Flynt v. Jasper County, Mississippi et al
ORDER granting 11 Motion for Judgment on the Pleadings insofar as a Schultea reply is required but otherwise denying at this time. The Plaintiff has until 6/25/2021 to file a Schultea reply consistent with this Opinion. Signed by District Judge Taylor B. McNeel on 6/7/2021. (KAB)
IN THE UNITED STATES DISTRICT COURT
FOR THE SOUTHERN DISTRICT OF MISSISSIPPI
CIVIL ACTION NO. 2:20-cv-180-TBM-MTP
JASPER COUNTY, MISSISSIPPI,
JASPER COUNTY SHERIFF’S
DEPARTMENT, SHERIFF RANDY
JOHNSON, and DEPUTY R.H. STOCKMAN
MEMORANDUM OPINION AND ORDER
The Plaintiff, Kenneth Flynt, filed suit in this Court on September 24, 2020 alleging claims
under 42 U.S.C. § 1983. Before the Court is Sheriff Randy Johnson and Deputy R.H. Stockman’s
Motion for Judgment on the Pleadings  based on qualified immunity. The Defendants argue
that the Plaintiff has failed to plead his claims under Section 1983 with sufficient particularity to
overcome the Defendants’ qualified immunity. The Defendants interchangeably request dismissal
of the Section 1983 claims, a Court-ordered Shultea reply,1 or limited immunity-related discovery.
The Plaintiff has not responded to the Defendants’ Motion, and the Court finds that a Shultea
reply is required for the reasons set forth below.
This matter arises out of a July 8, 2019 traffic stop in Jasper County, Mississippi.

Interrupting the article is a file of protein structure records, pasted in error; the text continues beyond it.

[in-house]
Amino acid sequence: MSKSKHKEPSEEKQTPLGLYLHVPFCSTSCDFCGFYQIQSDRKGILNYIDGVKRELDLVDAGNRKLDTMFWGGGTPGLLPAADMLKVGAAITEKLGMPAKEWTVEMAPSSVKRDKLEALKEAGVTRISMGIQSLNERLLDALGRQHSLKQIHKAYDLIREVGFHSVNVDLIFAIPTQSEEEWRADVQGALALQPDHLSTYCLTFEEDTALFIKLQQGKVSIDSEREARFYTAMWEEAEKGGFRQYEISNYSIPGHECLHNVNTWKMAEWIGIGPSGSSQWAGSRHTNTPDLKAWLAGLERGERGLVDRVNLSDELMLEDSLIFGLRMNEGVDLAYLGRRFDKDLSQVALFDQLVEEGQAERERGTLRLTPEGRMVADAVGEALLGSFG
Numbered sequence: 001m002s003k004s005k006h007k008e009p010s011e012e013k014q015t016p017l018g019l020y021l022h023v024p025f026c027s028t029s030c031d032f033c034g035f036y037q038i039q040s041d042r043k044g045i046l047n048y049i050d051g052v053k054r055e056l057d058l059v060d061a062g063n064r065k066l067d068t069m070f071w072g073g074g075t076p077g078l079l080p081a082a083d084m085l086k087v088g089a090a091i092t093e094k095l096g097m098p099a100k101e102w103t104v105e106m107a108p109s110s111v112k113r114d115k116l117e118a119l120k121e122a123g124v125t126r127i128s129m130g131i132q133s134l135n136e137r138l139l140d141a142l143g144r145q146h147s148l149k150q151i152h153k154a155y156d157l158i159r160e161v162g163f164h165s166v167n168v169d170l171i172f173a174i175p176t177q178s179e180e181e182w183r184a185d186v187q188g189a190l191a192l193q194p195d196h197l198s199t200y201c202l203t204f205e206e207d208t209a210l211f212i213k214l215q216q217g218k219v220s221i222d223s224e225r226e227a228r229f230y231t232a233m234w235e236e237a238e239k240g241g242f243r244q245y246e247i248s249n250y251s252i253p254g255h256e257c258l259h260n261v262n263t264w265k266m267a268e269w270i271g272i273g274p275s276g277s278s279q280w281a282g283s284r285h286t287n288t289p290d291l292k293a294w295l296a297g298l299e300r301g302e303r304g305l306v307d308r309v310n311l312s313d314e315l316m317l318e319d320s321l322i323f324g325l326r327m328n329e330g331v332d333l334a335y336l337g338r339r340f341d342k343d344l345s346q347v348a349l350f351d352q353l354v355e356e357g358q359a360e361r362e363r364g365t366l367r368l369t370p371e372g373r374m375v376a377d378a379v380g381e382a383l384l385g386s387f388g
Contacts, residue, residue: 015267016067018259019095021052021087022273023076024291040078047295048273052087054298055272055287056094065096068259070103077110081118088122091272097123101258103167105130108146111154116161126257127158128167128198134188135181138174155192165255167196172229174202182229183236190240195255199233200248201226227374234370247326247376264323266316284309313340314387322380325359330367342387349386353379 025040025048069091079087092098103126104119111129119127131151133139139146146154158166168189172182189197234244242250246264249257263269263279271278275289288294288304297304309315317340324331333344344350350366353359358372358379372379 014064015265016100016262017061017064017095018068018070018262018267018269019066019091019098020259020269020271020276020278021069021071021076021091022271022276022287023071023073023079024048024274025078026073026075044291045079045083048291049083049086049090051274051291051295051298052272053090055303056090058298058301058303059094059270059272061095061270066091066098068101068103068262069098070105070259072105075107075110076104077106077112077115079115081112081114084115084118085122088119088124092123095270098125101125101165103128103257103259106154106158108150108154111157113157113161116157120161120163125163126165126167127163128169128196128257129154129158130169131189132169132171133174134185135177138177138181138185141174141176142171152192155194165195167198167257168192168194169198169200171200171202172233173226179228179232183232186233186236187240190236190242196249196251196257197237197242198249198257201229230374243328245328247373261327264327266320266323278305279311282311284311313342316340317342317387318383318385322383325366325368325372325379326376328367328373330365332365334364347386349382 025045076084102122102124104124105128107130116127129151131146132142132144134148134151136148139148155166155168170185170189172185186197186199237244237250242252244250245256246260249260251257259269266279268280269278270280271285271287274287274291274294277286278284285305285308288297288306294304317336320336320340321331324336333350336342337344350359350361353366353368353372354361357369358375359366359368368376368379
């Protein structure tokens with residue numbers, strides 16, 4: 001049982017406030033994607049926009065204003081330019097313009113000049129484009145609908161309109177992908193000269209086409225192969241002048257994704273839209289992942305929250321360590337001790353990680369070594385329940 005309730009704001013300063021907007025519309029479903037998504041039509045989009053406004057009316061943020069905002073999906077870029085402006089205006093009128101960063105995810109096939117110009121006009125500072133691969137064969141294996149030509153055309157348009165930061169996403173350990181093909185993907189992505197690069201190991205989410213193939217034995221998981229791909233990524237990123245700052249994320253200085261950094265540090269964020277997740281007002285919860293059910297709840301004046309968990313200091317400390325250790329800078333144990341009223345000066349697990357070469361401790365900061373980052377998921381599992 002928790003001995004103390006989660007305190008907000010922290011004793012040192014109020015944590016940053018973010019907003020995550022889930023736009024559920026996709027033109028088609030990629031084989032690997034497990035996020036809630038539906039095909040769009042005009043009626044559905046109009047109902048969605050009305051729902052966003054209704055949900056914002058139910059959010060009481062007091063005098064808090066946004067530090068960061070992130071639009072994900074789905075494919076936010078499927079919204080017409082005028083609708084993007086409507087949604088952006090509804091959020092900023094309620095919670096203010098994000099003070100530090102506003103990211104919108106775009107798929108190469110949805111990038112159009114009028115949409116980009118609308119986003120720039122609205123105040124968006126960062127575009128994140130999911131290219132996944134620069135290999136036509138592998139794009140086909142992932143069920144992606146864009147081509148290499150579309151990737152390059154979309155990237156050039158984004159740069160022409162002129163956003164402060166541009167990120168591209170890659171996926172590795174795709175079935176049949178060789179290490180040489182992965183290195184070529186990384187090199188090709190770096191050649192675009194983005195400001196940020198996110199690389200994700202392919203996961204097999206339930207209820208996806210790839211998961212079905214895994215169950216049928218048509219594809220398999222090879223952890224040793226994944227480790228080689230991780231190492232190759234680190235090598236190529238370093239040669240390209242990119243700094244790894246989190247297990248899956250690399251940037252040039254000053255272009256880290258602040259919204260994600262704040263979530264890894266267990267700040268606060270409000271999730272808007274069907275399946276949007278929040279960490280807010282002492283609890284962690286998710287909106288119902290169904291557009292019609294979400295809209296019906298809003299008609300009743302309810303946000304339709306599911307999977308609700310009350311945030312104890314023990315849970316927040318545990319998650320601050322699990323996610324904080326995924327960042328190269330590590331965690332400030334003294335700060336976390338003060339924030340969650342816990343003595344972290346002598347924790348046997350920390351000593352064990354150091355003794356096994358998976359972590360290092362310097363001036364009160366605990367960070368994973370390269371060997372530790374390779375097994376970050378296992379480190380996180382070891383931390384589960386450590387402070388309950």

According to the Complaint, the Plaintiff was stopped by Deputy Stockman for “careless driving”
and “defaced tag.” After pulling him over, Deputy Stockman ordered the Plaintiff out of his
vehicle. Deputy Stockman requested permission to search the vehicle, which the Plaintiff denied.
See Shultea v. Wood, 47 F.3d 1427 (5th Cir. 1995).
Deputy Stockman subsequently advised the Plaintiff that he was under arrest and placed the
Plaintiff in a patrol car. The Plaintiff’s vehicle was searched, and Deputy Stockman seized two
allegedly lawfully possessed firearms. No contraband was found. The Plaintiff advised Deputy
Stockman that the handcuffs were too tight multiple times, to which Deputy Stockman allegedly
responded, “[t]hey ain’t made for comfort.”
The Plaintiff was allegedly transported to jail and was processed. He was issued two tickets
— one for “careless driving” and one for “defaced tag.” The Plaintiff asserts that neither is an
arrestable offense, as they are punishable by fine only. After paying twenty-five dollars to bond out,
the Plaintiff was required to pay two-hundred dollars to retrieve his vehicle, which had been towed.
The Plaintiff asserts claims arising under 42 U.S.C. § 1983 for alleged violations of his
Second, Fourth, Fifth, Eighth, Thirteenth, and Fourteenth Amendment rights. The Plaintiff also
alleges a host of other state law claims. But only the federal claims are presently at issue because
they provide this Court jurisdiction under 28 U.S.C. § 1331 and are the target of the Defendants’
qualified immunity defense.
In addition to arguing that the Plaintiff failed to plead his claims with sufficient
particularity, the Defendants assert that the Plaintiff has not pled facts that show he suffered a